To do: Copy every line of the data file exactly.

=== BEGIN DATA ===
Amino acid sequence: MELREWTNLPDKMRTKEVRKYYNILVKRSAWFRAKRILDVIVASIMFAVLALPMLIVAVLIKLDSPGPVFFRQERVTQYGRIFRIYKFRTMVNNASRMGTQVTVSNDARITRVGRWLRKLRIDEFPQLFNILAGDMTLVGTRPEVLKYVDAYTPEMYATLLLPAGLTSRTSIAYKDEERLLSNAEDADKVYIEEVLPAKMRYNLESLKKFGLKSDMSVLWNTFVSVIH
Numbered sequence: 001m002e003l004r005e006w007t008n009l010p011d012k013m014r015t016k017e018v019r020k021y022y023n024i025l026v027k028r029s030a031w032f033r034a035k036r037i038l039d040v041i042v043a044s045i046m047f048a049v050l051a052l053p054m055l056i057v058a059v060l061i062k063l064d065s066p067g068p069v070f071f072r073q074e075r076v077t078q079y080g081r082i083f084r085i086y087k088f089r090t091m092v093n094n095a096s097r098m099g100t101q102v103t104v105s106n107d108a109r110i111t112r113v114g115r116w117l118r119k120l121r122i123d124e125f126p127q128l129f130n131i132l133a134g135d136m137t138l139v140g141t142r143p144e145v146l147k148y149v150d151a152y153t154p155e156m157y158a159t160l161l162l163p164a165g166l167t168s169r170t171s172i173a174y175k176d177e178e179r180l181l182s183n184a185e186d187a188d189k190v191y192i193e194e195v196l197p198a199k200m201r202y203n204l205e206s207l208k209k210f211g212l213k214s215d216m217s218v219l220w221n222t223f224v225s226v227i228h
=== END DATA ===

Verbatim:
Amino acid sequence: MELREWTNLPDKMRTKEVRKYYNILVKRSAWFRAKRILDVIVASIMFAVLALPMLIVAVLIKLDSPGPVFFRQERVTQYGRIFRIYKFRTMVNNASRMGTQVTVSNDARITRVGRWLRKLRIDEFPQLFNILAGDMTLVGTRPEVLKYVDAYTPEMYATLLLPAGLTSRTSIAYKDEERLLSNAEDADKVYIEEVLPAKMRYNLESLKKFGLKSDMSVLWNTFVSVIH
Numbered sequence: 001m002e003l004r005e006w007t008n009l010p011d012k013m014r015t016k017e018v019r020k021y022y023n024i025l026v027k028r029s030a031w032f033r034a035k036r037i038l039d040v041i042v043a044s045i046m047f048a049v050l051a052l053p054m055l056i057v058a059v060l061i062k063l064d065s066p067g068p069v070f071f072r073q074e075r076v077t078q079y080g081r082i083f084r085i086y087k088f089r090t091m092v093n094n095a096s097r098m099g100t101q102v103t104v105s106n107d108a109r110i111t112r113v114g115r116w117l118r119k120l121r122i123d124e125f126p127q128l129f130n131i132l133a134g135d136m137t138l139v140g141t142r143p144e145v146l147k148y149v150d151a152y153t154p155e156m157y158a159t160l161l162l163p164a165g166l167t168s169r170t171s172i173a174y175k176d177e178e179r180l181l182s183n184a185e186d187a188d189k190v191y192i193e194e195v196l197p198a199k200m201r202y203n204l205e206s207l208k209k210f211g212l213k214s215d216m217s218v219l220w221n222t223f224v225s226v227i228h